HARWICH — Having just put a FY21 budget in place, selectmen on Monday began shaping the message for funding the next fiscal year’s spending plan. The message contained in the draft proposal stated the desire to stay within the spending limits of Proposition 2½, but that was not strong enough for members of the board.
“Selectmen desire a budget that is within the Proposition 2½ limits without the need for a general override,” the second paragraph of the draft message reads.
That paragraph drew immediate comment from Selectman Michael MacAskill, who requested that the paragraph be removed. He took issue with the use of the word “desire” and recommended a stronger statement using the term “demand.” But he also took issue with the 2½ percent growth limit, saying that growth revenue spending is included in that limit.
“Our goal should not be more than 2 percent,” MacAskill said.
He said the budget has increased by 44 percent over the past decade and suggested a slow-down is responsible.
“We’ve got to be real honest with the taxpayers. Proposition 2½ is really 7 percent,” when rooms and meals taxes and other receipts are including in the spending package, Selectman Donald Howell said. “We’re trying to hold the line at 2 percent. We have to realize there are some lingering capital things we have to pick up and that creates a tax bill. So we have to hold the line.”
Selectmen Chairman Larry Ballantine said he would make that adjustment in the budget message to 2 percent.
Ballantine stated in the message the board’s mission, within financial constraints, is to ensure public safety, upgrade and maintain the town’s critical infrastructure, support the well-respected school system, advocate for additional housing, and ensure the local business community finds a welcoming environment, all while ensuring the town’s proud heritage is protected.
“With the uncertainty surrounding the COVID-19 pandemic, the board will develop a conservative budget as a ‘worse-case’ planning guide as it’s easier to increase spending if additional revenues are available than to reduce promised spending,” Ballantine’s draft message reads.
In that message, Ballantine states the pandemic has profoundly affected both revenue and expenses. He said local receipts were down approximately 12 percent from the previous year, but two one-time payments – state reimbursements for tornado expenses and CARES Act funds related to the pandemic – offset more than 10 percent of those revenue losses.
“Prudent budgeting directs us to plan based on ongoing revenues not one-time revenues,” Ballantine said. “Although we were able to hold expenses with a hiring freeze, delay of capital projects and other operational budget cuts it will be difficult to maintain these as the pandemic often increases service expenses and delay of capital projects are not always possible, delayed capital project often increase future costs.”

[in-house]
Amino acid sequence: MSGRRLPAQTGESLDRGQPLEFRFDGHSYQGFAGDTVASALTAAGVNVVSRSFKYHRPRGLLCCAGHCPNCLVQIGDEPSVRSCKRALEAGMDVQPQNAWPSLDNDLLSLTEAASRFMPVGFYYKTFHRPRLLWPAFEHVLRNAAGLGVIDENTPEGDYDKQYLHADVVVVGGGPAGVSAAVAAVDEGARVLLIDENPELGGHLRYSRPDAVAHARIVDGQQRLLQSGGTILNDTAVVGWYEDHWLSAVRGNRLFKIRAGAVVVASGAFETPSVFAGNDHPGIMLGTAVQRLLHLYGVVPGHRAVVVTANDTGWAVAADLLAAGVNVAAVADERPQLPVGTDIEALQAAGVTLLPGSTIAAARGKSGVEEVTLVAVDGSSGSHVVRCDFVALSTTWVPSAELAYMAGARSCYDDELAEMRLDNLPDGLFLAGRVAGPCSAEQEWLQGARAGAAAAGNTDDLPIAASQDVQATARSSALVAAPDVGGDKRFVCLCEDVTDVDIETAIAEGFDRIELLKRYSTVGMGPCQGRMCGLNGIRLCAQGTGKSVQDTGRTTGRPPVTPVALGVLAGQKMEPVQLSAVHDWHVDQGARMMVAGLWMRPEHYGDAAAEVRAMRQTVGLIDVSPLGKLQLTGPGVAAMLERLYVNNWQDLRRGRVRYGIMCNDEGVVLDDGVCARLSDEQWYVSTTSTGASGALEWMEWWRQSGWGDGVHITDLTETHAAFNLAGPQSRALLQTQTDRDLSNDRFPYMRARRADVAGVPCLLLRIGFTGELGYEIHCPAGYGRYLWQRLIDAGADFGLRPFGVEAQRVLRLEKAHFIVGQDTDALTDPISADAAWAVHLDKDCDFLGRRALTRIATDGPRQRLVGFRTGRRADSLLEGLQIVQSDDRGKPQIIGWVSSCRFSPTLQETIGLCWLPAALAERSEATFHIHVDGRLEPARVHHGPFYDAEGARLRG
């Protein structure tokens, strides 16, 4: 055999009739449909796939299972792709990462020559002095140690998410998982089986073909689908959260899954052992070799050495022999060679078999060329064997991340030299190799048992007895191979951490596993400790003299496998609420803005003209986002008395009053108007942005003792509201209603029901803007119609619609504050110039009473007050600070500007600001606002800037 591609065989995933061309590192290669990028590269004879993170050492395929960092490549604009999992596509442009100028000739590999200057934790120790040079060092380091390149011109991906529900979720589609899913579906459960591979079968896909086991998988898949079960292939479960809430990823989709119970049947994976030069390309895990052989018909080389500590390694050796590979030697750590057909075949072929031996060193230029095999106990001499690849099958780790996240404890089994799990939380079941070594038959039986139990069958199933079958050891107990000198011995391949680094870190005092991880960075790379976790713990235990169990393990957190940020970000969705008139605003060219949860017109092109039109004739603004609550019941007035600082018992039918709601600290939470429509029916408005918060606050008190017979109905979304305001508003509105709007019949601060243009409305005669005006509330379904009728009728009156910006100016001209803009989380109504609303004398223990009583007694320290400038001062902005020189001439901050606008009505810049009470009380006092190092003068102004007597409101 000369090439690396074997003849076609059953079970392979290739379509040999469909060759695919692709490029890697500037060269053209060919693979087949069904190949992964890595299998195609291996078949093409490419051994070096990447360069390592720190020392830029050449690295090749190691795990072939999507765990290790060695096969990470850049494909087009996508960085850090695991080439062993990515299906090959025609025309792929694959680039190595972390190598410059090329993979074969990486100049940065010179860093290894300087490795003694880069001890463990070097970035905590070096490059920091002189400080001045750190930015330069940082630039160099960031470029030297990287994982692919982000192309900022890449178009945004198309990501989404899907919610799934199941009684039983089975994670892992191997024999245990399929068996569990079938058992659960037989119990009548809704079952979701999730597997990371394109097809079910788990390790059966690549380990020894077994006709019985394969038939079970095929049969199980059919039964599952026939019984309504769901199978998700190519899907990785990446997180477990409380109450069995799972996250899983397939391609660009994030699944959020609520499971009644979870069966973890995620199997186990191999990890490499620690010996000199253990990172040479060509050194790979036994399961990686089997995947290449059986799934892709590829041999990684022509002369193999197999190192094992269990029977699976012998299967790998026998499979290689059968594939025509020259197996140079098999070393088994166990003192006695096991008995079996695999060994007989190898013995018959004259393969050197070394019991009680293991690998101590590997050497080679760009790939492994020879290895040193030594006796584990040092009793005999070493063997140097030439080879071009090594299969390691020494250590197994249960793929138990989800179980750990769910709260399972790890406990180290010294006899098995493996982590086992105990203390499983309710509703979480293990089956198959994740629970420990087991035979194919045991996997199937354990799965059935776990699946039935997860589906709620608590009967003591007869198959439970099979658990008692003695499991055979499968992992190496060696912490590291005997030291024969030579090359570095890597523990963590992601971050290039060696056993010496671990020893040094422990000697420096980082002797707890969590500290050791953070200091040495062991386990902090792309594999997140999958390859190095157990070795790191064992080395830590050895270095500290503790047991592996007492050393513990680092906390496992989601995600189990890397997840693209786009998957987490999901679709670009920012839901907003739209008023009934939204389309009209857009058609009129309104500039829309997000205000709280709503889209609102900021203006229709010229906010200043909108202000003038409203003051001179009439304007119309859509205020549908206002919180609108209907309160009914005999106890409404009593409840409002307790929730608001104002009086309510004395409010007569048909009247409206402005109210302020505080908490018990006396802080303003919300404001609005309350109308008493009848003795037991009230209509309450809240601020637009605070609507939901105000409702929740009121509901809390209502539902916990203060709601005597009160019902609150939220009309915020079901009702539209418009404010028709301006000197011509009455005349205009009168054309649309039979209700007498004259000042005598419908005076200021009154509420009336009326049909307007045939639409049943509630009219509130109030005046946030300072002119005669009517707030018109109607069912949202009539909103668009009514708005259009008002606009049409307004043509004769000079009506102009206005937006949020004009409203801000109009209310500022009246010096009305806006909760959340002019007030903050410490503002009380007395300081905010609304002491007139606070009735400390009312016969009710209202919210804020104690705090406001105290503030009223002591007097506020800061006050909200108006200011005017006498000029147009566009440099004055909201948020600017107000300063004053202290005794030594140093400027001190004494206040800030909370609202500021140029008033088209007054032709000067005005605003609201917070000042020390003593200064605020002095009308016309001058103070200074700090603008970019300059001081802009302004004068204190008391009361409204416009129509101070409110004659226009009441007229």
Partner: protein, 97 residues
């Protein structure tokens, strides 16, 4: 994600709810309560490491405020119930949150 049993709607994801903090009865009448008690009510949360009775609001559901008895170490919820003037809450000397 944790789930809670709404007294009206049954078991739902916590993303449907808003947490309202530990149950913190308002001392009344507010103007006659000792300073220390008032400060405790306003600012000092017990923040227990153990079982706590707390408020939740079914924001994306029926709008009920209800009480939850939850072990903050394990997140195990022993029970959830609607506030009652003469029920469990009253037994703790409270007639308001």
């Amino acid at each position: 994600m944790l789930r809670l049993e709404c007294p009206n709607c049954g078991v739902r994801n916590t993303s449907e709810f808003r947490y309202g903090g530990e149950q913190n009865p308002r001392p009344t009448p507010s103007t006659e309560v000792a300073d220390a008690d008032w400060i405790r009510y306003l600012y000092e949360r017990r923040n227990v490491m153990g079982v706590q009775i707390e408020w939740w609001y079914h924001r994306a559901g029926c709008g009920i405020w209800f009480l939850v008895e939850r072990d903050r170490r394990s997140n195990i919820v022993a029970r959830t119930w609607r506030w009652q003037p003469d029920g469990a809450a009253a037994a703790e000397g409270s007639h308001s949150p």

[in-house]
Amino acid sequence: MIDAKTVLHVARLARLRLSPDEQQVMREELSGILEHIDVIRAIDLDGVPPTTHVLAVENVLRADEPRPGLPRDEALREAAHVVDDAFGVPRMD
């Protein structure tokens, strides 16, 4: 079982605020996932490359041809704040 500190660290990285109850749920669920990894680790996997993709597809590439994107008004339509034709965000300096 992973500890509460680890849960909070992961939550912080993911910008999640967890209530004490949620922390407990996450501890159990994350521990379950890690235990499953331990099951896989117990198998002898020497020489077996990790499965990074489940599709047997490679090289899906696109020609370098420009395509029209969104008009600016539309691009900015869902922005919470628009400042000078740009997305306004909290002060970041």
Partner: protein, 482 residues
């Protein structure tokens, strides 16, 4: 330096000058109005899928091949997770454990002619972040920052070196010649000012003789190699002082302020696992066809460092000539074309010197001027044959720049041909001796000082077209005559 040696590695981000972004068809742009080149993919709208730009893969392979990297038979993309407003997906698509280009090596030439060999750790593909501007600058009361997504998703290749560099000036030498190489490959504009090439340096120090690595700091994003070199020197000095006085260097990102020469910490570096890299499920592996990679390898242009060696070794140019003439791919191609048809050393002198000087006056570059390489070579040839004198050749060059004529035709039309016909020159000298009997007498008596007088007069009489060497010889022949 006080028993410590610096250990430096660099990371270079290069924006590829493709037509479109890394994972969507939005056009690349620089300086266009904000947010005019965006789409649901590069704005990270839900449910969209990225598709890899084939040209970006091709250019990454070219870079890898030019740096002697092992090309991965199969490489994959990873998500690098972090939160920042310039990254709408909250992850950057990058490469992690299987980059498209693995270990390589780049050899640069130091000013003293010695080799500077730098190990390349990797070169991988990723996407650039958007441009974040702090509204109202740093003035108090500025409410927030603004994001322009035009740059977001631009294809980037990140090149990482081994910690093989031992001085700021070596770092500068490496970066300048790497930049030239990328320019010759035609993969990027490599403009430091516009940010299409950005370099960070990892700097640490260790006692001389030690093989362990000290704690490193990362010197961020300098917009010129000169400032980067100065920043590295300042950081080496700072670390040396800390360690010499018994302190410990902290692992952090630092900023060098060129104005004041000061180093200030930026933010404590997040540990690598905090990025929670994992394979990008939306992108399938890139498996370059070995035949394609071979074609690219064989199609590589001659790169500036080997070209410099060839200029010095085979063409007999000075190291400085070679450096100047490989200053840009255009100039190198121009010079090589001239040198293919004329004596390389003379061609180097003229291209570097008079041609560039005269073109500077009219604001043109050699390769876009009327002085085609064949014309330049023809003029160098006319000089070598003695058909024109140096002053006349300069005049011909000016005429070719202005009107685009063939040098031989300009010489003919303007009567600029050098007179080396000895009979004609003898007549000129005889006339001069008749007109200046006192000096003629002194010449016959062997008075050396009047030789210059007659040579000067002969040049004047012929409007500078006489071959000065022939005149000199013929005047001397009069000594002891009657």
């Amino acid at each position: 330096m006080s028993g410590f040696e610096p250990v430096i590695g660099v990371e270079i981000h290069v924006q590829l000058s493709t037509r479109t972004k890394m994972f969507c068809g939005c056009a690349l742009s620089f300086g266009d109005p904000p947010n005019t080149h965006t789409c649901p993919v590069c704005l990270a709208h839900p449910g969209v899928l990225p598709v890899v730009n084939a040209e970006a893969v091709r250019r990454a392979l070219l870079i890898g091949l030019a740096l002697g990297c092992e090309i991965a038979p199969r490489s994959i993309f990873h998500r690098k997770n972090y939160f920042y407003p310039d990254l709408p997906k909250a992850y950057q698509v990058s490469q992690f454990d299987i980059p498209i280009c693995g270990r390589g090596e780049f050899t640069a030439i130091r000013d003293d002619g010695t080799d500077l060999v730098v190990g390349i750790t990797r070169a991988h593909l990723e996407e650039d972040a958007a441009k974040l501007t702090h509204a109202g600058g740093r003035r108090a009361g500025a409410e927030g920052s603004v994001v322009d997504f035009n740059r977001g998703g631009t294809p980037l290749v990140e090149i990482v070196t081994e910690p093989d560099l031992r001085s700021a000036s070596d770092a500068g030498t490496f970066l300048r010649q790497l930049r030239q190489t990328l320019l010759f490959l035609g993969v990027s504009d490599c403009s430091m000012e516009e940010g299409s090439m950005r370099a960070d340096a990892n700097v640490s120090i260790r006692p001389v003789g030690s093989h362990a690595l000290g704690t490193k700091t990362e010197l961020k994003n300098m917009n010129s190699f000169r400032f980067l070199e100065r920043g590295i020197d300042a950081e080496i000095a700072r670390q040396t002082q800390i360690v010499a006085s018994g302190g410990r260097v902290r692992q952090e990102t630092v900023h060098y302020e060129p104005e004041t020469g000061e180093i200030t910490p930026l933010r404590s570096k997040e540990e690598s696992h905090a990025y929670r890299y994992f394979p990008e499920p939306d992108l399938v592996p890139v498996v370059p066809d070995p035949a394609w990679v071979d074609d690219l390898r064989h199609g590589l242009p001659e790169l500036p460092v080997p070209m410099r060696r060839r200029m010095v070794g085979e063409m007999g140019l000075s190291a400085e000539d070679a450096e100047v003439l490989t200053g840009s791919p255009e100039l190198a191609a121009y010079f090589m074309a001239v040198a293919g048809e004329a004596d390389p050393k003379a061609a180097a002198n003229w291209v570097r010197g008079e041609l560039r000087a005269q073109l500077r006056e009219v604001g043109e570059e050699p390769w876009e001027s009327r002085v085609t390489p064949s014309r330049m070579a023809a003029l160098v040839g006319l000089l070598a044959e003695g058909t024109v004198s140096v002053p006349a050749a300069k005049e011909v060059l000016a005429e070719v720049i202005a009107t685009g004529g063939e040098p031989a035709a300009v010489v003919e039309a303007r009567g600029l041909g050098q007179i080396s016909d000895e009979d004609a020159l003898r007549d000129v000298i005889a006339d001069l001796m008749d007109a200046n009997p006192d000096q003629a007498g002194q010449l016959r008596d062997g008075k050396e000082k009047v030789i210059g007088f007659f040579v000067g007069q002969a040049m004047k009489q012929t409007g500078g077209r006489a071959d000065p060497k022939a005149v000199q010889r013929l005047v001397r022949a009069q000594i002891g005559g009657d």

Financial control will be difficult, he said. Those fiscal controls include careful vetting of any new hires and review of additional hours for part-time employees, revaluations and overtime to be sure departments remain within budget limits. Funding sources must be identified, he said.
Ballantine also said the board continues to face the difficult issues of an aging population and a dissolving young population. He said the town must continue to develop better strategies to help seniors age in place while simultaneously improving housing and job opportunities to maintain and attract younger citizens.
“It’s our duty to address the need for economic development, increased access to affordable and workforce housing since the youth are the future of Harwich,” the message stated. “We understand the need to protect the quintessential New England flavor Harwich offers but must begin to focus internally on how to address zoning limitations that cause urban sprawl and the physical disconnection of our community.”
The budget message stressed the need to curtail expenses to avoid future Proposition 2½ overrides, which have been predicted by recent multi-year budget forecasts.
MacAskill took issue with those forecasts, saying they continually exaggerate revenue deficits. The budget message contained a projected $340,000 surplus in the FY21 budget before the onset of the pandemic, but the fifth year of that budget forecast plan showed a $2.7 million deficit. MacAskill said that projection scares taxpayers.
Selectmen agreed the out-years in the budget forecast plan have contained inaccurate debt projections and the board agreed to consider reducing the document to a three-year plan.